1739 – Start of the Battle of Porto Bello between British and Spanish forces during the War of Jenkins’ Ear.

1765 Sir Thomas Fremantle, British naval captain, was born (d. 1819).

1820 – An 80-ton sperm whale attacked the Essex (a whaling ship from Nantucket, Massachusetts) 2,000 miles from the western coast of South America (Herman Melville’s 1851 novel Moby-Dick was in part inspired by this story).

1841 – Maketu Wharetotara, the 17-year-old son of the Nga Puhi chief Ruhe, killed five people at Motuarohia in the Bay of Islands.

Mass murder in the Bay of Islands

1845 – Argentine Confederation: Battle of Vuelta de Obligado.

1889 – Edwin Hubble, American astronomer, was born (d. 1953).

1900 – Chester Gould, American comic strip artist, creator of Dick Tracey, was born (d. 1985).

1908 – Alistair Cooke, British-born journalist, was born (d. 2004).

1910 – Francisco I. Madero issued the Plan de San Luis Potosi, denouncing President Porfirio Díaz, calling for a revolution to overthrow the government of Mexico, effectively starting the Mexican Revolution.

1917 – World War IBattle of Cambrai began.

1917 – Ukraine was declared a republic.

1919 – Lucilla Andrews, Egyptian-Scottish nurse and author, was born (d. 2006).

1923 – Nadine Gordimer, South African author and activist, Nobel Prize laureate, was born (d. 2014).

1925 Robert F. Kennedy, American politician was born (d. 1968).

1936 – José Antonio Primo de Rivera, founder of the Falange, was killed by a republican execution squad.

1937 Parachuting Santa, George Sellars, narrowly escaped serious injury when he was able to sway his parachute just in time to avoid crashing through the glass roof of the Winter Gardens during the Farmers’ Christmas parade.

Parachuting Santa crashes in Auckland Domain

1940 – World War IIHungary becomes a signatory of the Tripartite Pact, officially joining the Axis Powers.

1942 – Joe Biden, 47th Vice President of the United States, was born.

1943 – World War II: Battle of Tarawa (Operation Galvanic) begins – United States Marines land on Tarawa Atoll in the Gilbert Islands and suffer heavy fire from Japanese shore guns and machine guns.

1945 – Nuremberg Trials: Trials against 24 Nazi war criminals start at thePalace of Justice at Nuremberg.

1947 – Princess Elizabeth married Lieutenant Philip Mountbatten at Westminster Abbey in London.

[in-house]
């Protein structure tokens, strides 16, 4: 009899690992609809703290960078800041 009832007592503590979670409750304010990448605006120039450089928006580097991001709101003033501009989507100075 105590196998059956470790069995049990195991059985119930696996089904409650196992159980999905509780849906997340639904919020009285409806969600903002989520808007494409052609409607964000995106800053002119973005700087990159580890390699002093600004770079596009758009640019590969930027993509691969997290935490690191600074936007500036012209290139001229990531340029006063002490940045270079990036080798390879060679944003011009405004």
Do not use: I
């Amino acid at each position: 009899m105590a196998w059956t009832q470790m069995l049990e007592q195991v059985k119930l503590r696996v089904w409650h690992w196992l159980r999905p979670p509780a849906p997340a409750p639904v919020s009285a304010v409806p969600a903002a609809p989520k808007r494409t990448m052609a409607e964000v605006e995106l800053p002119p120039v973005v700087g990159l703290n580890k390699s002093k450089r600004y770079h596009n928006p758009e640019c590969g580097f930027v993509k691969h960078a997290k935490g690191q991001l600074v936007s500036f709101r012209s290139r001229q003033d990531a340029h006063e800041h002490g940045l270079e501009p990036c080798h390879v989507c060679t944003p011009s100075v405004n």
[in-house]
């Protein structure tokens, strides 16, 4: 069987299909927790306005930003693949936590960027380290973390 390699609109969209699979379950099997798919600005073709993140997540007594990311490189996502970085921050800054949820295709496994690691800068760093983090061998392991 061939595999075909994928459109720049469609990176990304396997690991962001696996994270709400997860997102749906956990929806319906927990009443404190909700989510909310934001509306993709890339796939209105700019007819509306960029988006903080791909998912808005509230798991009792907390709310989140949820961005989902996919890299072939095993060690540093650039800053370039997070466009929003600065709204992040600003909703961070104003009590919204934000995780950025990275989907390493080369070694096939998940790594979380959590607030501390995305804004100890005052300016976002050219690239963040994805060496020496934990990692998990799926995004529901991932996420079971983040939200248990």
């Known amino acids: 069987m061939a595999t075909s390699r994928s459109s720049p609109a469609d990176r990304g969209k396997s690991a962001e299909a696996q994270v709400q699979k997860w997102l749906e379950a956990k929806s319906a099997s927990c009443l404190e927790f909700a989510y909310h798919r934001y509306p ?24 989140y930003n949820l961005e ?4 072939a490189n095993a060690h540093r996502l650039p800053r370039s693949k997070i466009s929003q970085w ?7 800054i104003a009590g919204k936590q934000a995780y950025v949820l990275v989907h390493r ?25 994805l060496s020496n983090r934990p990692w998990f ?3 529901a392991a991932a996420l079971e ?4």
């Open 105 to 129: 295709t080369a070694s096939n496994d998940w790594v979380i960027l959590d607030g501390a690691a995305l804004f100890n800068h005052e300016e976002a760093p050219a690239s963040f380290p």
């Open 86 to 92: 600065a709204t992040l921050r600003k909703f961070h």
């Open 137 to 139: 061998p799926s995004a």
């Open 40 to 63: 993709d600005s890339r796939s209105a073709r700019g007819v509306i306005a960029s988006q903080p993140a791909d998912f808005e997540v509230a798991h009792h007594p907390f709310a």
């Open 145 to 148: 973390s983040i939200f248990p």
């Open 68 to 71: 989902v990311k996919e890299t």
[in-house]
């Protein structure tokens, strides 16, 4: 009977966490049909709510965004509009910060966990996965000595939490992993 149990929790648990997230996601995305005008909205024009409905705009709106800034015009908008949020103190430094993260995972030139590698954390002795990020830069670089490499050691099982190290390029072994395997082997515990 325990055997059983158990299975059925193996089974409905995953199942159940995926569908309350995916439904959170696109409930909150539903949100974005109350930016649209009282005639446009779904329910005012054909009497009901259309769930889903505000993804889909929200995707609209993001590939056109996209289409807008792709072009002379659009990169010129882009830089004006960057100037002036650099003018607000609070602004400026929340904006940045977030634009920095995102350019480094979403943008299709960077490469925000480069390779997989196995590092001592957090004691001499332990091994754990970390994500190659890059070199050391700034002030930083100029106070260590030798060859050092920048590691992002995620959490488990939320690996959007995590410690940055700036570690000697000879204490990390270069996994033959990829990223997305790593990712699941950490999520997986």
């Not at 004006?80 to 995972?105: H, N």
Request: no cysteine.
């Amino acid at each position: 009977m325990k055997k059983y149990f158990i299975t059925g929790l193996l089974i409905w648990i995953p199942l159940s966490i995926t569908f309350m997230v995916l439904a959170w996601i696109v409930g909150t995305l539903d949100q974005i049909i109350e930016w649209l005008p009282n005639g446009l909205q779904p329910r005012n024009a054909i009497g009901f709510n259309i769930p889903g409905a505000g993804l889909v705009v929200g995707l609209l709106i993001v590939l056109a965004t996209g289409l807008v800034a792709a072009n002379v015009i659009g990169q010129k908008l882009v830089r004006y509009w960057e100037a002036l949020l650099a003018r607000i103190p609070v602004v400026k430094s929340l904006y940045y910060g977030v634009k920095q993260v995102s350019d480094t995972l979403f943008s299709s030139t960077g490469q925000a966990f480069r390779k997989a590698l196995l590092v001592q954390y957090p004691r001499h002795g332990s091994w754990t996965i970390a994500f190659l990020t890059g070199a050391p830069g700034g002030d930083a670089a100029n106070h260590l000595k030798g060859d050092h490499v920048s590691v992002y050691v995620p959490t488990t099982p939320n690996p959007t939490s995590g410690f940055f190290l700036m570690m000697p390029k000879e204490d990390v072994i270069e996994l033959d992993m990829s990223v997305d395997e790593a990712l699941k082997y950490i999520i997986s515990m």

1952 – Slánský trials – a series of Stalinist and anti-Semitic show trials in Czechoslovakia.

1956 – Bo Derek, American actress, was born.

1962 – Cuban Missile Crisis ended: In response to the Soviet Union agreeing to remove its missiles from Cuba, U.S. President John F. Kennedy ended the quarantine of the Caribbean nation.

1969 – Vietnam War: The Cleveland Plain Dealer published explicit photographs of dead villagers from the My Lai massacre.

1974 – The United States Department of Justice filed its final anti-trust suit against AT&T.

1975 – Francisco Franco, Caudillo of Spain, died after 36 years in power.

1979 – Grand Mosque Seizure: About 200 Sunni Muslims revolted in Saudi Arabia at the site of the Kaaba in Mecca during the pilgrimage and take about 6000 hostages. The Saudi government received help from French special forces to put down the uprising.

1984 – The SETI Institute was founded.

1985 – Microsoft Windows 1.0 was released.

1989 – Velvet Revolution: The number of protesters assembled in Prague,Czechoslovakia swells from 200,000 the day before to an estimated half-million.

1991 – An Azerbaijani MI-8 helicopter carrying 19 peacekeeping mission team with officials and journalists from RussiaKazakhstan and Azerbaijanwas shot down by Armenian military forces in Khojavenddistrict of Azerbaijan.

1992 – Fire broke out in Windsor Castle, badly damaging the castle and causing over £50 million worth of damage.

1993 – Savings and loan crisis: The United States Senate Ethics Committee issued a stern censure of California senator Alan Cranston for his “dealings” with savings-and-loan executive Charles Keating.

1994 – The Angolan government and UNITA rebels signed the Lusaka Protocol in Zambia, ending 19 years of civil war.

1998 – A court in Taliban-controlled Afghanistan declared accused terroristOsama bin Laden “a man without a sin” in regard to the 1998 U.S. embassy bombings in Kenya and Tanzania.

1998 – The first module of the International Space Station, Zarya, was launched.

2001 – In Washington, D.C., U.S. President George W. Bush dedicated the United States Department of Justice building as the Robert F. Kennedy Justice Building, honouring the late Robert F. Kennedy on what would have been his 76th birthday.

2003 – A second day of the 2003 Istanbul Bombings destroyed the Turkish head office of HSBC Bank AS and the British consulate.

2008 – After critical failures in the US financial system began to build up after mid-September, the Dow Jones Industrial Average reached its lowest level since 1997.

2015 – Following a hostage siege, at least 19 people were killed in Bamako, Mali

Sourced from NZ History Online & Wikipedia